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Jeffrey Vallance channels famous dead artists for ‘The Medium is the Message’

KPCC's John Rabe and Jeffrey Vallance with Vallance's
KPCC's John Rabe and Jeffrey Vallance with Vallance's "Duchamp Spirit Readymade," a reliquary showing off some Duchamp cufflinks. The work is at CB1 Gallery in LA from July 25 through September 5, 2015.
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KPCC's John Rabe and Jeffrey Vallance with Vallance's
Jeffrey Vallance unwraps "Kahlo Spirit Crystal," a piece in his CB1 Gallery exhibit Jeffrey Vallance: The Medium is the Message, on view from July 25 through September 5, 2015.
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KPCC's John Rabe and Jeffrey Vallance with Vallance's
CB1 Gallery owner Clyde Beswick with Emily Davis Adams' "Painting of Levitated Mass." The painting is on display from July 25 through September 5, 2015.
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Art prankster Jeffrey Vallance’s new show “The Medium is the Message” opens at downtown L.A.'s CB1 Gallery on July 25. A mix of large prints and small objects, Vallance says the inspiration for the show came from a séance he held in London a few years ago.

For the séance, Vallance hired five psychics to channel famous dead artists — Frida Kahlo,  Leonardo DaVinci, Marcel Duchamp, Vincent Van Gogh, and Jackson Pollock. A Fortean at heart, Vallance doesn't necessarily believe in a contactable spirit realm, but just wanted to observe the phenomena — and make some art.

John Rabe interviewed Vallance at the gallery to talk about “The Medium is the Message” and why it’s good not to take contemporary art too seriously.

Tell us more about the prints inspired by the séance.

"This was kind of a funny program because it wasn’t very spooky, I didn’t want it to be that way. I set the thing up as kind of an academic panel. So I had the channeled artists sitting in chairs so you could ask them questions. I didn’t know what they were going to say, so I asked them questions like, 'Is there art in the afterlife?' The funny thing is, like, they were pretty right on. They were saying that, like, they can look into the minds of some of the artists and sometimes all they can see is dollar signs. Well, it kind of made sense.”

(A "Spirit Photo" of Jeffrey Vallance, by Jeffrey Vallance) 

... and then, in the tradition of Victorian Spirit photography, you made these prints.

“Yeah, as I was listening to the spirits talk, I was trying to imagine what it would look like if you could see them in the spirit. Obviously we were just seeing the psychics that were channeling them. But I was trying to imagine what it would look like if you could get a photograph of them at that time. So I was looking at the spirit photos from the turn of the century. And if you look at those they look very fake. They have superimposed imagery and certain photo tricks that look to our eye very naive and I sort of like that. So I try to do things that look like the spirit photos, but they’re all digital.”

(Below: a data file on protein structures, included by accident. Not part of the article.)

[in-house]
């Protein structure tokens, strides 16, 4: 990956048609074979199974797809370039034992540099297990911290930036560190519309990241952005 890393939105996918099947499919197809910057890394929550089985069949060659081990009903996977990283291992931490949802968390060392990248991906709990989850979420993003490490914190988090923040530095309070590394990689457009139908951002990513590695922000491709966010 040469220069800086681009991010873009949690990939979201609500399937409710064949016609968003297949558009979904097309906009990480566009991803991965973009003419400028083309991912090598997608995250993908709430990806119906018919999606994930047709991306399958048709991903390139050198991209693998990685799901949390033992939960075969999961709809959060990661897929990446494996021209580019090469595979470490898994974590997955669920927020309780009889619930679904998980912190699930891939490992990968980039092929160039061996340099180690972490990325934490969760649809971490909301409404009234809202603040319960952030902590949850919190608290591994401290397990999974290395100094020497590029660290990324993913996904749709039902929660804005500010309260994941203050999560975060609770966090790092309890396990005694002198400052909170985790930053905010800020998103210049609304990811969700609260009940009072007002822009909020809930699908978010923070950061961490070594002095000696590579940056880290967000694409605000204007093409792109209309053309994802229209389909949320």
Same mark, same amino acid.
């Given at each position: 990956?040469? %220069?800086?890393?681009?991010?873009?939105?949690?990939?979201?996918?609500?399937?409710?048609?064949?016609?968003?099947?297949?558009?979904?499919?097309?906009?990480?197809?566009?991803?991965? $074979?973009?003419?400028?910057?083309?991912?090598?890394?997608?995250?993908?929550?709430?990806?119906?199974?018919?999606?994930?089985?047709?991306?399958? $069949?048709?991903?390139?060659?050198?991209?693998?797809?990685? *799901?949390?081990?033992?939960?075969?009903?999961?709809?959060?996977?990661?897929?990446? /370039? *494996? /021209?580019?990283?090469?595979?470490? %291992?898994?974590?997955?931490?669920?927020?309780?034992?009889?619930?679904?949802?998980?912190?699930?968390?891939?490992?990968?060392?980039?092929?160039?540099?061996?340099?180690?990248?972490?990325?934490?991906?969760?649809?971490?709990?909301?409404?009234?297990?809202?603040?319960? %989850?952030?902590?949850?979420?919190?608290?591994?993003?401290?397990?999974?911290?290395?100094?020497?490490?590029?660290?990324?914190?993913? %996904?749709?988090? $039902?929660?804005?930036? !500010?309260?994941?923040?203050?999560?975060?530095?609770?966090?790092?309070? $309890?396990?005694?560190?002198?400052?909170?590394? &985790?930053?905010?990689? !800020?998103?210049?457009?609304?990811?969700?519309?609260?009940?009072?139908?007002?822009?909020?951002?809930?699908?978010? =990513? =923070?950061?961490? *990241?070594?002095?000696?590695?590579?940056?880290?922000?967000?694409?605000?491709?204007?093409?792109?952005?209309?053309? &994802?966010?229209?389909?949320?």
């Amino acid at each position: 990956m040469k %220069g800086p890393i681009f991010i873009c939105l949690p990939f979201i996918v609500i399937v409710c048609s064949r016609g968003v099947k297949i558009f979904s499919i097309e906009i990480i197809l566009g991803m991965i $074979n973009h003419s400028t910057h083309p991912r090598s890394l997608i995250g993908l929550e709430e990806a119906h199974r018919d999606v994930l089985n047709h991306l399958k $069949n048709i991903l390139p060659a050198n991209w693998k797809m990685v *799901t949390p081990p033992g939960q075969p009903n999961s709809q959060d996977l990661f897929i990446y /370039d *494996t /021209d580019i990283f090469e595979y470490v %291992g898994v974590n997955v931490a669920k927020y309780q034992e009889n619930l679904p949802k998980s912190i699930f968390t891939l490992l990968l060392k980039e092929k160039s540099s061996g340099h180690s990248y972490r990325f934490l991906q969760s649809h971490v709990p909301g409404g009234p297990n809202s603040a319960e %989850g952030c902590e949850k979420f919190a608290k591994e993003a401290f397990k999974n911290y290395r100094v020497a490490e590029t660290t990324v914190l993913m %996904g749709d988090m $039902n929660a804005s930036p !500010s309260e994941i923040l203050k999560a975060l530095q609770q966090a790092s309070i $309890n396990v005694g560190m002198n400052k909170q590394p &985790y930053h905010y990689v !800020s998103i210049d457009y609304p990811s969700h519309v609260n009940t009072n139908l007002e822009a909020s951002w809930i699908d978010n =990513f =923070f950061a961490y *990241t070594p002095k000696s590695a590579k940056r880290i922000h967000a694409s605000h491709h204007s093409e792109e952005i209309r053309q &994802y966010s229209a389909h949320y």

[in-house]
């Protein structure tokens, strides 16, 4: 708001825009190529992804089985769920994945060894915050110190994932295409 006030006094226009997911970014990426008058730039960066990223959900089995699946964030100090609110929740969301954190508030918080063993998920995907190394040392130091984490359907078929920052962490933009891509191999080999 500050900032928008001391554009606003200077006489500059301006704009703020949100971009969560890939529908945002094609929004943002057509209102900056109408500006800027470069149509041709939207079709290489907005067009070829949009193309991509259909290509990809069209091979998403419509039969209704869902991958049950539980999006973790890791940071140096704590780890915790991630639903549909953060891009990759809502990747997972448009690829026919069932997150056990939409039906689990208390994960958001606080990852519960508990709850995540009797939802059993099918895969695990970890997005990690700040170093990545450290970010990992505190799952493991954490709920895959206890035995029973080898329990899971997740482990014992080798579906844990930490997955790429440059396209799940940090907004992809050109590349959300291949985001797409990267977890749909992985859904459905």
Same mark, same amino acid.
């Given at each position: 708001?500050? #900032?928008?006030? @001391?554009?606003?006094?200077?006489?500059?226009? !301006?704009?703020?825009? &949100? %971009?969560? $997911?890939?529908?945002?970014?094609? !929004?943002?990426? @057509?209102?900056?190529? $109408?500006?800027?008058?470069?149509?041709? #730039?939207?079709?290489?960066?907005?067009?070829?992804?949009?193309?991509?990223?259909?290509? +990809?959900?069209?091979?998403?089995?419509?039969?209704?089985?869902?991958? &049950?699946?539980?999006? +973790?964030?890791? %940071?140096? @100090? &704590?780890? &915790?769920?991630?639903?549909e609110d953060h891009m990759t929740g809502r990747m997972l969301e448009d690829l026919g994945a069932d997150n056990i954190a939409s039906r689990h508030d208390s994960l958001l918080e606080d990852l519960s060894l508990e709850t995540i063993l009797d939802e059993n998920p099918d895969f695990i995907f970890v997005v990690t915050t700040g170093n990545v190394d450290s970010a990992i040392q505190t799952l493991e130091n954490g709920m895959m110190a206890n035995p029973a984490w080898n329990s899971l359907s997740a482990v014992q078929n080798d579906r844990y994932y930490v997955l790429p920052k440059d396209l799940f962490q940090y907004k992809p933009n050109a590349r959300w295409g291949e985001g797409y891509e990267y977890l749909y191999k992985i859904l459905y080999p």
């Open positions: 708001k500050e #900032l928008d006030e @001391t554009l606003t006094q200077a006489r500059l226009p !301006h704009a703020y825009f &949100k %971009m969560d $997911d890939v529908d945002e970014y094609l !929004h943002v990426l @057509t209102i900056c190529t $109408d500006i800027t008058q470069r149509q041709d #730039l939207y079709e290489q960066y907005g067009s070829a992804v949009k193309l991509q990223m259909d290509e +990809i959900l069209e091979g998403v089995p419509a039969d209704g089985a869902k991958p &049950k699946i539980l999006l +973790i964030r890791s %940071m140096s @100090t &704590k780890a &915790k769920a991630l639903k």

I checked with one of your friends from 30, 40 years ago — Michael Uhlenkott — and I said ‘Does Jeffrey actually believe in séances?’ And he said, ‘I don’t know.’

"I would say I’m a Fortean, which is one of the followers of Charles Fort. Basically, I observe; I don’t judge. So I don’t believe but also I don’t disbelieve as well. So I’m kind of neutral. I just want to bring these events about and see how they go and how I can learn from them. But I wouldn’t say I’m, like, a follower of spiritualism and that whole thing."

Did it change your mind about anything?

“I don’t think so. But it just made me realize that the world is a lot weirder than I would have thought."

There’s a table full of smaller items here, including a little plywood box, the Kahlo Spirit Crystal... What’s this?

“Frida, when she was channeled, she was talking a lot about the afterlife. And she sort of saw the afterlife as sort of being this huge kind of shattered crystal that went into all these rainbows and these colors. And then she said something like, ‘And that is art.’ So I thought, okay, that is art. So I will make that, I’ll make the Frida Kahlo Spirit Crystal.”

(Kahlo Spirit Crystal, by Jeffrey Vallance) 

I want you to tell the outlet cover story, going back to your first show at LACMA.

"That was in 1977 and I was a student. I wanted to have an art show and I couldn’t wait, I couldn’t wait until I graduated. So I was looking around and I went to LACMA one day and I noticed that under the paintings along these walls they had the wall sockets. And I took note of that and I thought, oh, I can buy the same exact outlet covers... So I did that. I bought the same kind of outlet covers. And then I painted these dopey little scenes on it that made no sense really. And then I went back to LACMA and I was dressed in, like, a janitor’s outfit. I had, like, a name tag and a tool box. And walked in and unscrewed their wall sockets and put mine on with these little scenes on it. And no one said anything because it looked like I was doing my job, in a way. And then for years, every time LACMA would have a show, I would have a show at the same time. I would send out invitations, but in my show you would just look a little lower."

On Saturday, Aug. 8, at 8pm, Vallance will hold a séance at the gallery in which psychic Joseph Ross will channel dead art critics. According to gallerist Clyde Beswick, "a telepathic call will be sent out to art critics in the afterlife willing to speak out about Vallance’s artwork. And heaven only knows who might manifest!"

"Jeffrey Vallance: The Medium is the Message" and "Emily Davis Adams: Painting of Levitated Mass" are on view from July 25 through Sept. 5 at CB1 Gallery, 1923 S. Santa Fe Ave. 90021. Meet the artists at a reception Saturday, July 25, 3 - 6pm.